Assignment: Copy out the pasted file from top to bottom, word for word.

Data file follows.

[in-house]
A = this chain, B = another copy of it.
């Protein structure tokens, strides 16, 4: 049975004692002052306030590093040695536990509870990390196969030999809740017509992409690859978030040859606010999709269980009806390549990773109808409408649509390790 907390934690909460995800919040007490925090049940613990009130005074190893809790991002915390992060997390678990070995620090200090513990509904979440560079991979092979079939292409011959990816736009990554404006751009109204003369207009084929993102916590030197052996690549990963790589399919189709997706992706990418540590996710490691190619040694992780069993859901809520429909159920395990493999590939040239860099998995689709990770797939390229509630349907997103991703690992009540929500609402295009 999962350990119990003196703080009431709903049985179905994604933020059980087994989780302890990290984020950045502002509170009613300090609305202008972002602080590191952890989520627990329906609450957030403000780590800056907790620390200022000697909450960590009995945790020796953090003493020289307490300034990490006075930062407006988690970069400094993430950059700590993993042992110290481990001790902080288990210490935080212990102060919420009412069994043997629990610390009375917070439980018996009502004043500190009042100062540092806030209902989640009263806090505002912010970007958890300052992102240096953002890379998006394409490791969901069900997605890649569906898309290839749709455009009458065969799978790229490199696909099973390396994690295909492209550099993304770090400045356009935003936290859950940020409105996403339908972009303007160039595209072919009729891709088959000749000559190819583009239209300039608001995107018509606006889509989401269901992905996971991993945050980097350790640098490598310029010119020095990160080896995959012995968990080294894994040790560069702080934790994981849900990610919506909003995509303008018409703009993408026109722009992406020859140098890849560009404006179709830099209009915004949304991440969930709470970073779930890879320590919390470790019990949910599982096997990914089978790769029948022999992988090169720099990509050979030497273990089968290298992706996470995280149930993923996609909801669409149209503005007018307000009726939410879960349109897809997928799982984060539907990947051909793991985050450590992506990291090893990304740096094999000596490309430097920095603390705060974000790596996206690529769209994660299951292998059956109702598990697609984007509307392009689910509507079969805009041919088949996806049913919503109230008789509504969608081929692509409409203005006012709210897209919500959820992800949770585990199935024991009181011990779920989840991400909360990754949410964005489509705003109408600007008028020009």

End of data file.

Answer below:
[in-house]
A = this chain, B = another copy of it.
């Protein structure tokens, strides 16, 4: 049975004692002052306030590093040695536990509870990390196969030999809740017509992409690859978030040859606010999709269980009806390549990773109808409408649509390790 907390934690909460995800919040007490925090049940613990009130005074190893809790991002915390992060997390678990070995620090200090513990509904979440560079991979092979079939292409011959990816736009990554404006751009109204003369207009084929993102916590030197052996690549990963790589399919189709997706992706990418540590996710490691190619040694992780069993859901809520429909159920395990493999590939040239860099998995689709990770797939390229509630349907997103991703690992009540929500609402295009 999962350990119990003196703080009431709903049985179905994604933020059980087994989780302890990290984020950045502002509170009613300090609305202008972002602080590191952890989520627990329906609450957030403000780590800056907790620390200022000697909450960590009995945790020796953090003493020289307490300034990490006075930062407006988690970069400094993430950059700590993993042992110290481990001790902080288990210490935080212990102060919420009412069994043997629990610390009375917070439980018996009502004043500190009042100062540092806030209902989640009263806090505002912010970007958890300052992102240096953002890379998006394409490791969901069900997605890649569906898309290839749709455009009458065969799978790229490199696909099973390396994690295909492209550099993304770090400045356009935003936290859950940020409105996403339908972009303007160039595209072919009729891709088959000749000559190819583009239209300039608001995107018509606006889509989401269901992905996971991993945050980097350790640098490598310029010119020095990160080896995959012995968990080294894994040790560069702080934790994981849900990610919506909003995509303008018409703009993408026109722009992406020859140098890849560009404006179709830099209009915004949304991440969930709470970073779930890879320590919390470790019990949910599982096997990914089978790769029948022999992988090169720099990509050979030497273990089968290298992706996470995280149930993923996609909801669409149209503005007018307000009726939410879960349109897809997928799982984060539907990947051909793991985050450590992506990291090893990304740096094999000596490309430097920095603390705060974000790596996206690529769209994660299951292998059956109702598990697609984007509307392009689910509507079969805009041919088949996806049913919503109230008789509504969608081929692509409409203005006012709210897209919500959820992800949770585990199935024991009181011990779920989840991400909360990754949410964005489509705003109408600007008028020009």